Twitter thread: police violence

CW: Police violence

There’s a tendency, among people who claim there’s no problem with police use of violence, and with race-based injustice in the United States, to pretend that any given example of mistreatment is an isolated incident, and no matter how many such incidents occur, they’re never part of a pattern. People who are protesting now, and people who support these protests are those who are willing and able to connect the rather obvious dots, and see the pattern.

I’ve been involved in political activism, in one form or another, since I was a teenager. I was never one of the people “in the thick of it” when things got violent, I have never been arrested, gassed, pepper-sprayed, or otherwise assaulted by police. I have, however, paid attention to those incidents. I’ve watched the footage, talked to people who were targeted by police, and listened to what they have to say. Deaths, injuries, and maimings are not new in America, but as far as I know this is beyond anything that has happened in the United States in my lifetime. I’ve never seen this many people being permanently blinded in one eye, because police are aiming to destroy eyeballs. I’ve never seen this many people with head wounds from “rubber” bullets. I’ve never seen the police being this open about assaulting peaceful crowds, assaulting journalists, and arresting people, on video, who were engaged in nothing more than talking.

This is an effort to criminalize dissent, and it’s coming in coordination with the GOP government using the “antifa” bogeyman to try to criminalize organized action. To me, this looks like a big step in a very bad direction.

Below is a sample from the linked thread. Click through to Twitter if you want to see more.

If this ends without real, systemic change, far beyond just arresting a handful of “bad cops”, then it’s going to happen again, and it’s going to get worse.

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  1. GerrardOfTitanServer says

    Yes, but what systemic change do we need? I’ve seen lots of people giving proposals, but most, if not all, of those proposals are not going far enough. I think we need a lot of things, and here’s some of the core (radical) changes that we need to make:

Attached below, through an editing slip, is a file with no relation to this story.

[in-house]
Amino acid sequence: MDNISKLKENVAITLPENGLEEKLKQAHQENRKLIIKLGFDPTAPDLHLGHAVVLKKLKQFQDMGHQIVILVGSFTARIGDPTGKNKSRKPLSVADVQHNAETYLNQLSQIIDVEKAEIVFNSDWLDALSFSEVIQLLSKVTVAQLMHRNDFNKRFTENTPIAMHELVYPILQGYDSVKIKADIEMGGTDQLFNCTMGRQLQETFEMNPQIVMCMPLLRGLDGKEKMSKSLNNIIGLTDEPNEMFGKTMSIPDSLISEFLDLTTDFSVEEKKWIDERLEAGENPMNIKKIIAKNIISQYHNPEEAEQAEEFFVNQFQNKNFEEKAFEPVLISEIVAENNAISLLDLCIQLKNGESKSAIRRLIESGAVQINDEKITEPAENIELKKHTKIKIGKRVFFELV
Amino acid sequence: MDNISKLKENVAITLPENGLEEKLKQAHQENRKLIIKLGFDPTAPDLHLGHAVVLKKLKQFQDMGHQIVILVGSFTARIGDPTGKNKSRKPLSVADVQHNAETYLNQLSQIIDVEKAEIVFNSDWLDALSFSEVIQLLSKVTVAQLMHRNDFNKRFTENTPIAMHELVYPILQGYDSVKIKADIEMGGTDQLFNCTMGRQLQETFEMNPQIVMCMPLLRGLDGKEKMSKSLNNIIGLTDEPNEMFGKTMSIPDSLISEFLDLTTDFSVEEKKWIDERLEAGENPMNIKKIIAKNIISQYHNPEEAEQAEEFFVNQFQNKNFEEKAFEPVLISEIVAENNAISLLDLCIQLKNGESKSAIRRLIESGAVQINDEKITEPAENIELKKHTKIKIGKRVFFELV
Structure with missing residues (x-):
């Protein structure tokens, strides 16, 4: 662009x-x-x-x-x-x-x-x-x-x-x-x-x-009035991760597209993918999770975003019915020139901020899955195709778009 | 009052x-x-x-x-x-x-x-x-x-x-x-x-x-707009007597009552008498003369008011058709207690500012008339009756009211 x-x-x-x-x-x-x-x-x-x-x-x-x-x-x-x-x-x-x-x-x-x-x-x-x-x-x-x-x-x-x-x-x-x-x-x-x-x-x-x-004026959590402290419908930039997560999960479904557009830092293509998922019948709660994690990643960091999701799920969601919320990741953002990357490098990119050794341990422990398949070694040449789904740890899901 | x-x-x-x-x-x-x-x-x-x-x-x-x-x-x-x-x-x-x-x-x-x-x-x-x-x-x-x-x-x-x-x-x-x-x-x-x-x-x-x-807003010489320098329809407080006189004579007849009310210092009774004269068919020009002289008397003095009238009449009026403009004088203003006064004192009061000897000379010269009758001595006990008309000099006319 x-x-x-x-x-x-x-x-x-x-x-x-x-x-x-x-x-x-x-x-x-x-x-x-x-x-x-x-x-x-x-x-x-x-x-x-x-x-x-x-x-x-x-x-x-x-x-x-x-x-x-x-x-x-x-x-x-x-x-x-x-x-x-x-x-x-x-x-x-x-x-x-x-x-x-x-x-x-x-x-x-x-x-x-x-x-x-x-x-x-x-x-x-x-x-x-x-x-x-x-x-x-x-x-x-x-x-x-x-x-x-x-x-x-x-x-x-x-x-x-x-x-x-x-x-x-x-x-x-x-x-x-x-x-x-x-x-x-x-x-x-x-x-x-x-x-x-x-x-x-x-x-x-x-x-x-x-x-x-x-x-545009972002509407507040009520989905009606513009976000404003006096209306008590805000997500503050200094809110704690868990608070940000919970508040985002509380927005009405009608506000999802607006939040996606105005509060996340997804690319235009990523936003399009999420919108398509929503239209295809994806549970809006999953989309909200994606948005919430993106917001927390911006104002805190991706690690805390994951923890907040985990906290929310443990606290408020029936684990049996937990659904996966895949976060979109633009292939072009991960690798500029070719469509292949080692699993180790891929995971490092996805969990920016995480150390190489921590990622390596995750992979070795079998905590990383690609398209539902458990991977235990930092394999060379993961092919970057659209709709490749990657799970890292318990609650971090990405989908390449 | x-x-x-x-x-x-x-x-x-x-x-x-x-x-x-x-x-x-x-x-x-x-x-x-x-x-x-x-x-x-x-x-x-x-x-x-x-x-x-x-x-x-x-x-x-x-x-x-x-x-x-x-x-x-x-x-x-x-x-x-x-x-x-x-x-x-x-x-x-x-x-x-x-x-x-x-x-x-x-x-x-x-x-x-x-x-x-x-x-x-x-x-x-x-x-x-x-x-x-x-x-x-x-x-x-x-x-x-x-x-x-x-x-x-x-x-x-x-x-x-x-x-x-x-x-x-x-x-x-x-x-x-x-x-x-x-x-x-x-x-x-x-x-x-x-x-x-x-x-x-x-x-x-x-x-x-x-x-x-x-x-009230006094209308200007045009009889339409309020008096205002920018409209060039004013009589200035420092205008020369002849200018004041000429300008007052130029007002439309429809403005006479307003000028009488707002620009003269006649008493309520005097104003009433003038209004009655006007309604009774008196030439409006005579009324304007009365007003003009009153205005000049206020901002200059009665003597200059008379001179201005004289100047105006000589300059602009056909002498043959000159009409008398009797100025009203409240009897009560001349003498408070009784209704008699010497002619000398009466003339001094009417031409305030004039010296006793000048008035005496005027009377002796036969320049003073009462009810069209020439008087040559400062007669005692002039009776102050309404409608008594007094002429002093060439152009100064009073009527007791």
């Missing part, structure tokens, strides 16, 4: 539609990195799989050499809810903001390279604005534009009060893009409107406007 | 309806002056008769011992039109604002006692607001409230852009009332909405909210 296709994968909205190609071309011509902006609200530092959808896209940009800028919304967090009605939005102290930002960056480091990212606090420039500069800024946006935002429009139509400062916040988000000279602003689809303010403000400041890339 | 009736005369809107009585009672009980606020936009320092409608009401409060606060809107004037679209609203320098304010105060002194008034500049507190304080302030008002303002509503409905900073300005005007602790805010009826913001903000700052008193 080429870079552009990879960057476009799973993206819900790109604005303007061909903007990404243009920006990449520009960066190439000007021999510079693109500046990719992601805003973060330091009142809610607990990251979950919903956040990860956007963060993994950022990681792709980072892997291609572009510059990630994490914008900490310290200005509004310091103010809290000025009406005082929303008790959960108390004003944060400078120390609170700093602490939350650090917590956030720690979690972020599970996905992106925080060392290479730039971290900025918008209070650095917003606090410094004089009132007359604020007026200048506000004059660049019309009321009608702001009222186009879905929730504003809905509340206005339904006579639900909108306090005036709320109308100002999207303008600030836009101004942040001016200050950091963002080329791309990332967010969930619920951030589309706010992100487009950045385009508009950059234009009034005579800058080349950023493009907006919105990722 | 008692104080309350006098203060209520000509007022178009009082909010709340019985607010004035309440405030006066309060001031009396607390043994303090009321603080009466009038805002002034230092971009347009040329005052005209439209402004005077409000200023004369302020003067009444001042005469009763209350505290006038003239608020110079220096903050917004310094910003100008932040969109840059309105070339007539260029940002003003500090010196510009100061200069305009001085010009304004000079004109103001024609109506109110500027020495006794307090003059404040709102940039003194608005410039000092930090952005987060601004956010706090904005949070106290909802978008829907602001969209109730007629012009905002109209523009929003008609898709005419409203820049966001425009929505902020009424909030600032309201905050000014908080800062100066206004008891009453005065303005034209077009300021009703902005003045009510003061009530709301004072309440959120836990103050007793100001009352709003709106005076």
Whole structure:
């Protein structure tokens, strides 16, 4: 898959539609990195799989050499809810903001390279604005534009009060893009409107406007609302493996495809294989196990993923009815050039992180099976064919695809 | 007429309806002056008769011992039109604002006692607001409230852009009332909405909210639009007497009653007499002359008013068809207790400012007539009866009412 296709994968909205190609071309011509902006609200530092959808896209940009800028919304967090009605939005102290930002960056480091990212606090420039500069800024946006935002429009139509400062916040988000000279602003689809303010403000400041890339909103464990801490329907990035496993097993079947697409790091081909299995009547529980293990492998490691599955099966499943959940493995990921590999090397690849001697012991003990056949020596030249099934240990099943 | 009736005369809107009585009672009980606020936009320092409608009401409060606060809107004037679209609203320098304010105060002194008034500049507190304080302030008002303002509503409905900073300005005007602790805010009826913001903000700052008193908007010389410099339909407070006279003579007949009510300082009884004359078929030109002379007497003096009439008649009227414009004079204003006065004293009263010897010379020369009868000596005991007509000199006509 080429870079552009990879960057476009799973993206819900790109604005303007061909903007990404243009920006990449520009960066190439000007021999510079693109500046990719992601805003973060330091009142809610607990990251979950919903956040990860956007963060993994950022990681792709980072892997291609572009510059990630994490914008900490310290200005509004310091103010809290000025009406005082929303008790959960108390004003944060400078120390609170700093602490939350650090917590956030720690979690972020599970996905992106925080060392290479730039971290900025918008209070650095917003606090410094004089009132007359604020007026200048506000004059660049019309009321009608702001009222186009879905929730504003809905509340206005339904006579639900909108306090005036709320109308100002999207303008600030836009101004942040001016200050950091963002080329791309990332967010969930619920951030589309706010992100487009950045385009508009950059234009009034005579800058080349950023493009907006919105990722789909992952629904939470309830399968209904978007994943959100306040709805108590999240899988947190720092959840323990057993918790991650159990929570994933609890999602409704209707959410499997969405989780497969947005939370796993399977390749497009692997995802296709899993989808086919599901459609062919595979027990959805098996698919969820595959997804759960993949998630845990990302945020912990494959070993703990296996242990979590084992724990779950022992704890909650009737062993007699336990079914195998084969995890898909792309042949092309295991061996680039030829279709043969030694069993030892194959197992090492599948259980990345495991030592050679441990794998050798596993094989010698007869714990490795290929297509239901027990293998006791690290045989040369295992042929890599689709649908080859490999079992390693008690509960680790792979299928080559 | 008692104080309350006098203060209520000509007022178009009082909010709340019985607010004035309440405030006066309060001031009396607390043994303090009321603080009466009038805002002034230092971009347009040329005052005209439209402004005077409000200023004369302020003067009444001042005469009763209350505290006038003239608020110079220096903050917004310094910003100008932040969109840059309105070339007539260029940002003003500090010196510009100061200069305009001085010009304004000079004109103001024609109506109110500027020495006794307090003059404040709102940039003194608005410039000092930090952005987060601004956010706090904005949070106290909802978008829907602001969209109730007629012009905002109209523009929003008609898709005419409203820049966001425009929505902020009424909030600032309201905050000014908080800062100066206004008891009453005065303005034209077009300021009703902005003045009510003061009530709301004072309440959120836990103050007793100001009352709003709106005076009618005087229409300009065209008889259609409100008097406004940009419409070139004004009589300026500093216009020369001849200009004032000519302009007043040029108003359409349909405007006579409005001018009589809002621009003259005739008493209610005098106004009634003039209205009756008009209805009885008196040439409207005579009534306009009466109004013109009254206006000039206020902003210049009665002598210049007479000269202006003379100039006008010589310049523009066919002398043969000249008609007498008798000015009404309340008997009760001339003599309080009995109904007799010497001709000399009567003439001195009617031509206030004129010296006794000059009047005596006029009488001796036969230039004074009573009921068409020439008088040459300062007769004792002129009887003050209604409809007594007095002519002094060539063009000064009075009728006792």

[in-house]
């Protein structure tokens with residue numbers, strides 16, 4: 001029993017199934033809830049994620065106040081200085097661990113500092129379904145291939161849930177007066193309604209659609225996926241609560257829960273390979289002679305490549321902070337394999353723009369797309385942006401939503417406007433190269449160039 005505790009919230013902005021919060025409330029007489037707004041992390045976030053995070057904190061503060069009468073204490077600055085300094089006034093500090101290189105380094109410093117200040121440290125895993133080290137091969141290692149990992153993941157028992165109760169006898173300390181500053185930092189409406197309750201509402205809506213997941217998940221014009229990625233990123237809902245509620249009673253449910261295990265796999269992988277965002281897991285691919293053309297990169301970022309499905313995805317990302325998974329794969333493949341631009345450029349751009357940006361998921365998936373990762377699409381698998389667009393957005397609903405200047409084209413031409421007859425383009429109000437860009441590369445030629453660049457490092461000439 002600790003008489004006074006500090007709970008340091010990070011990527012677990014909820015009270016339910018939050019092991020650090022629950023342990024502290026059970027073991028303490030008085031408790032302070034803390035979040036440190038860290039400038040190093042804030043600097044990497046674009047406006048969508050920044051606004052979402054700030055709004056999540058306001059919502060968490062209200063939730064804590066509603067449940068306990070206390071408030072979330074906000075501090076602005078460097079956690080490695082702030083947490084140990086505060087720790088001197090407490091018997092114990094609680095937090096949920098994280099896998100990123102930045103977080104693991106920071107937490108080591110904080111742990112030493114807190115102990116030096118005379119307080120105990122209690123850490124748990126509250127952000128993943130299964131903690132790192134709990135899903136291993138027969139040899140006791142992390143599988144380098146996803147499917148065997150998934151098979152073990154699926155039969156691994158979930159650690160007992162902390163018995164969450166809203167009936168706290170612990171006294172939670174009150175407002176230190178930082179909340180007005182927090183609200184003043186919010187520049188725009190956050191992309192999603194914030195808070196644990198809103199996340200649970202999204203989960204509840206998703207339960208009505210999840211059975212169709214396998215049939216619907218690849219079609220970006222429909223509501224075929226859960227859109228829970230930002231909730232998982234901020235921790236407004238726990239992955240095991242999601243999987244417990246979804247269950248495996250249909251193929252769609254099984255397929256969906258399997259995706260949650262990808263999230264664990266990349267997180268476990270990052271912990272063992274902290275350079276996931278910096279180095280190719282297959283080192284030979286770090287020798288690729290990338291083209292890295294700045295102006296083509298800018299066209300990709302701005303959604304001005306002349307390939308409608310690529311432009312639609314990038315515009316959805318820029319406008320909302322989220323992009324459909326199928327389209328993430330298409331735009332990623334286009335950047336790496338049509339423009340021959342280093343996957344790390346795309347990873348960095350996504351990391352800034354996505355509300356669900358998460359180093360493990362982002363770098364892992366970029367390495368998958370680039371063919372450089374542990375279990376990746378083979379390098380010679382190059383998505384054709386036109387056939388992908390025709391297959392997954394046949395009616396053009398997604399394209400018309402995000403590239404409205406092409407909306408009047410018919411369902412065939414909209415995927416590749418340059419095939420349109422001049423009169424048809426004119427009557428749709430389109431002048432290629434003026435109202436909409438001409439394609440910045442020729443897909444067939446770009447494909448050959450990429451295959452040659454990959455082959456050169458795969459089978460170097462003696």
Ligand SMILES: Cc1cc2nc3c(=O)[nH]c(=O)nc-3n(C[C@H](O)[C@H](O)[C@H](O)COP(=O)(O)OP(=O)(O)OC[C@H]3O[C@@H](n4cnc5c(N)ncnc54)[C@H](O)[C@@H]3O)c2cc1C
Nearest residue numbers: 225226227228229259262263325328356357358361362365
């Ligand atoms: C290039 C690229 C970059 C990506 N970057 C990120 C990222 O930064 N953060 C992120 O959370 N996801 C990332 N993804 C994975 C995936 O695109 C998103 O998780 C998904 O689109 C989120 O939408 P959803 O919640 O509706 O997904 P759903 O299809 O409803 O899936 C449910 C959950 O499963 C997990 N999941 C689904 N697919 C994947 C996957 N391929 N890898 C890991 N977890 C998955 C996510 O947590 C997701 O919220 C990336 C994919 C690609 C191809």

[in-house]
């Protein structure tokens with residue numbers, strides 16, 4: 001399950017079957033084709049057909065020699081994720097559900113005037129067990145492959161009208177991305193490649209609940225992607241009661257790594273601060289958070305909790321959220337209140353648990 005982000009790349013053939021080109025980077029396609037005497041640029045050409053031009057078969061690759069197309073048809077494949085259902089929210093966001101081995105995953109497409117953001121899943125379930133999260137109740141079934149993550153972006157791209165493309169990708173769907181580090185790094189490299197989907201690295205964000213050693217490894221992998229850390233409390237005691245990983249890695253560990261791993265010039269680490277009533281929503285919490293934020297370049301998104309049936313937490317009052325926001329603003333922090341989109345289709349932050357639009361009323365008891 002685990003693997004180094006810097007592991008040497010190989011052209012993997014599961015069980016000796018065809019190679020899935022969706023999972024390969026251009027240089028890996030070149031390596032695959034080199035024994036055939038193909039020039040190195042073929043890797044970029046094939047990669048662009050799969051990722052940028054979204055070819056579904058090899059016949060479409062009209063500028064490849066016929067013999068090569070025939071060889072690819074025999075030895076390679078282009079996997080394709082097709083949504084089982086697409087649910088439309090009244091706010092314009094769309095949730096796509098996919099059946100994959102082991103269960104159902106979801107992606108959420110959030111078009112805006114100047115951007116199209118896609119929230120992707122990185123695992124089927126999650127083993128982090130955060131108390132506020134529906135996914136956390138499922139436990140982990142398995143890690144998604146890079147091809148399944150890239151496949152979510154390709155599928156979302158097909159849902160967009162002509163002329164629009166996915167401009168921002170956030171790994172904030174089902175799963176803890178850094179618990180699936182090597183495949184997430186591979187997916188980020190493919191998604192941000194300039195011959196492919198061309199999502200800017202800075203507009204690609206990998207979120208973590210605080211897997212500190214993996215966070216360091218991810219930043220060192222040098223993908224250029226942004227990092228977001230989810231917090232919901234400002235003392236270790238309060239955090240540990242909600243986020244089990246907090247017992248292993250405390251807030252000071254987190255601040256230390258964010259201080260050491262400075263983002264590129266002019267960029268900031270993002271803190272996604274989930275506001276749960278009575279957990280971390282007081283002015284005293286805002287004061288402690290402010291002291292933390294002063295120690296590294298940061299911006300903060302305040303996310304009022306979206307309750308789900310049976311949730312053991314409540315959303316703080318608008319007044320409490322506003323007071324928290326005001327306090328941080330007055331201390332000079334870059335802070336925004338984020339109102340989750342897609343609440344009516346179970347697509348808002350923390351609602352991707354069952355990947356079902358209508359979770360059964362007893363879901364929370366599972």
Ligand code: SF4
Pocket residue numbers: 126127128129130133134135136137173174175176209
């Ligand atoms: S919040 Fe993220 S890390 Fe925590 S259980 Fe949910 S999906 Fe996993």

Fix the actual problem: No personal accountability. Remove qualified immunity so that the victims, or close family and friends of the victims, can seek civil damages from cops in their personal capacity in court. Allow victims to seek indictments to appoint any counsel of their choosing as prosecutor, so the victim can see criminal charges in court against individual cops. Alternatively, find some other way to ensure that criminal charges will be brought against cops, but I doubt any alternative will be sufficient. Finally, publish and maintain detailed standards of rules of engagement for cops, to help juries be able to recognize unlawful use of force and find against cops in civil and criminal trials. That’s what it will take to fix this problem, and I am firmly convinced that nothing else will.

    For more information, I strongly suggest reading:

  2. says

    Most of the solutions proposals I’ve been seeing include ending qualified immunity, shifting a great deal of funding to social services and having medical personnel on call for things like wellness checks, ending “proactive” policing, and ending the concept of “beat” cops – don’t have police just prowling around looking for people to accost.

    Unsurprisingly, it seems like you and I tend to move in different informational circles 😛

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